Compare any two graphics cards:
Radeon HD 5830 vs Radeon HD 6850
IntroThe Radeon HD 5830 uses a 40 nm design. AMD has clocked the core frequency at 800 MHz. The GDDR5 RAM works at a speed of 1000 MHz on this specific card. It features 1120(224x5) SPUs as well as 56 Texture Address Units and 16 Rasterization Operator Units.
Compare all that to the Radeon HD 6850, which makes use of a 40 nm design. AMD has set the core frequency at 775 MHz. The GDDR5 memory works at a frequency of 1000 MHz on this specific card. It features 960 SPUs along with 48 Texture Address Units and 32 ROPs.
(No game benchmarks for this combination yet.)
Power Usage and Theoretical Benchmarks
Power Consumption (Max TDP)
Both cards have exactly the same bandwidth, so theoretically they should have the same performance. (explain)
Texel RateThe Radeon HD 5830 should be a bit (approximately 20%) more effective at AF than the Radeon HD 6850. (explain)
Pixel RateIf running with lots of anti-aliasing is important to you, then the Radeon HD 6850 is a better choice, by far. (explain)
Please note that the above 'benchmarks' are all just theoretical - the results were calculated based on the card's specifications, and real-world performance may (and probably will) vary at least a bit.
Please note that the price comparisons are based on search keywords - sometimes it might show cards with very similar names that are not exactly the same as the one chosen in the comparison. We do try to filter out the wrong results as best we can, though.
Memory Bandwidth: Memory bandwidth is the largest amount of information (in units of megabytes per second) that can be moved over the external memory interface in a second. The number is calculated by multiplying the bus width by its memory clock speed. If the card has DDR type RAM, the result should be multiplied by 2 once again. If DDR5, multiply by ANOTHER 2x. The higher the bandwidth is, the better the card will be in general. It especially helps with anti-aliasing, HDR and high resolutions.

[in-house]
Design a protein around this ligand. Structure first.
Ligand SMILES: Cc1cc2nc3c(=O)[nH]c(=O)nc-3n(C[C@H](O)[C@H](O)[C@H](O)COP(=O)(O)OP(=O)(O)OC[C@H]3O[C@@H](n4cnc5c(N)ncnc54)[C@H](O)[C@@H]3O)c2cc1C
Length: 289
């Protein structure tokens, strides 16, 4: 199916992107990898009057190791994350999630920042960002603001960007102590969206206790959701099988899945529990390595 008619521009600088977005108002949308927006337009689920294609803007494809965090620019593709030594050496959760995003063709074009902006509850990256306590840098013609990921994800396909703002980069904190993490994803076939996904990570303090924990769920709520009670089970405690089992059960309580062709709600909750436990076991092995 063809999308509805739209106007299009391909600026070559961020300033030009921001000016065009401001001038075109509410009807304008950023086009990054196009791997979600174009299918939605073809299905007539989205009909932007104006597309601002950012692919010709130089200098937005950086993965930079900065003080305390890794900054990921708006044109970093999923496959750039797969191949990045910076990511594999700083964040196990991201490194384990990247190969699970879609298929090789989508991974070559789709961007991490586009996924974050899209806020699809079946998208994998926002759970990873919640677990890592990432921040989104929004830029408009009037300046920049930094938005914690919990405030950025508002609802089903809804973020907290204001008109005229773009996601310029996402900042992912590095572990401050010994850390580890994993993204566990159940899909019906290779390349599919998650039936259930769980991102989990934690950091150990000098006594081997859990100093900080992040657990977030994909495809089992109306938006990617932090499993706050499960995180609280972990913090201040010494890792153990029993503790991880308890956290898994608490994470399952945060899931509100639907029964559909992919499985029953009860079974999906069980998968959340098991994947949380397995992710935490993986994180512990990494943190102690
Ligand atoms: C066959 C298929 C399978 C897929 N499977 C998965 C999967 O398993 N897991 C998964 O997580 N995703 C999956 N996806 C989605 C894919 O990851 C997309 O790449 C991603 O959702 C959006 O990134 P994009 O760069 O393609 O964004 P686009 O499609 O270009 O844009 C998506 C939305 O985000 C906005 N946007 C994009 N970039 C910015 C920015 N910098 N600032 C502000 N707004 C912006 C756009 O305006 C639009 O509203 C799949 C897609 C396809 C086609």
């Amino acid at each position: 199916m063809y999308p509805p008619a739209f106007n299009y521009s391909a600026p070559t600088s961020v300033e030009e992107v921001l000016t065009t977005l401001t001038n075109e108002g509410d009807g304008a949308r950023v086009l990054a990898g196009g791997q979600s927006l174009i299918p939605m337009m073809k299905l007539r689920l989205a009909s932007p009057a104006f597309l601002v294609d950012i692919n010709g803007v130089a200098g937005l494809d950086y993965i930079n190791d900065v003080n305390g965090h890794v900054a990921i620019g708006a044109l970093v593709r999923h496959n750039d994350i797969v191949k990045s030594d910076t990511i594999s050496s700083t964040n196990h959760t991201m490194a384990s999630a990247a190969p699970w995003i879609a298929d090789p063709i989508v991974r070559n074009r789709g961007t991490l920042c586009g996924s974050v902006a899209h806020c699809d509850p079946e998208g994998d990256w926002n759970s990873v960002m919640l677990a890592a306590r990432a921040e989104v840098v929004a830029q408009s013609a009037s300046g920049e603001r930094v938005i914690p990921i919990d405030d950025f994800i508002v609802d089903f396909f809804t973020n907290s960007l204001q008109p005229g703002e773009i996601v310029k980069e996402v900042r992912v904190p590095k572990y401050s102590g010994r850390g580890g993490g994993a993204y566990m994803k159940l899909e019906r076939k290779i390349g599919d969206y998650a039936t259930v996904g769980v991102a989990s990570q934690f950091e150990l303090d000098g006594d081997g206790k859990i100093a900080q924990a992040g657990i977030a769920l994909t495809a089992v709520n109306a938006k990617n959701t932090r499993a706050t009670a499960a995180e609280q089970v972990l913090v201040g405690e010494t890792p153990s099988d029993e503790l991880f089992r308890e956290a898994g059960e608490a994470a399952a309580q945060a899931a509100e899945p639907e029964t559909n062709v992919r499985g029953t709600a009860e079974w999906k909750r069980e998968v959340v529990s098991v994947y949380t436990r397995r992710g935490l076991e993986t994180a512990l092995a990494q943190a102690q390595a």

Texel Rate: Texel rate is the maximum amount of texture map elements (texels) that can be applied per second. This is calculated by multiplying the total texture units by the core speed of the chip. The higher the texel rate, the better the graphics card will be at texture filtering (anisotropic filtering - AF). It is measured in millions of texels applied per second.
Pixel Rate: Pixel rate is the maximum amount of pixels the video card could possibly write to the local memory in a second - measured in millions of pixels per second. The number is worked out by multiplying the amount of Raster Operations Pipelines by the the core clock speed. ROPs (Raster Operations Pipelines - sometimes also referred to as Render Output Units) are responsible for drawing the pixels (image) on the screen. The actual pixel rate is also dependant on quite a few other factors, especially the memory bandwidth - the lower the memory bandwidth is, the lower the potential to reach the max fill rate.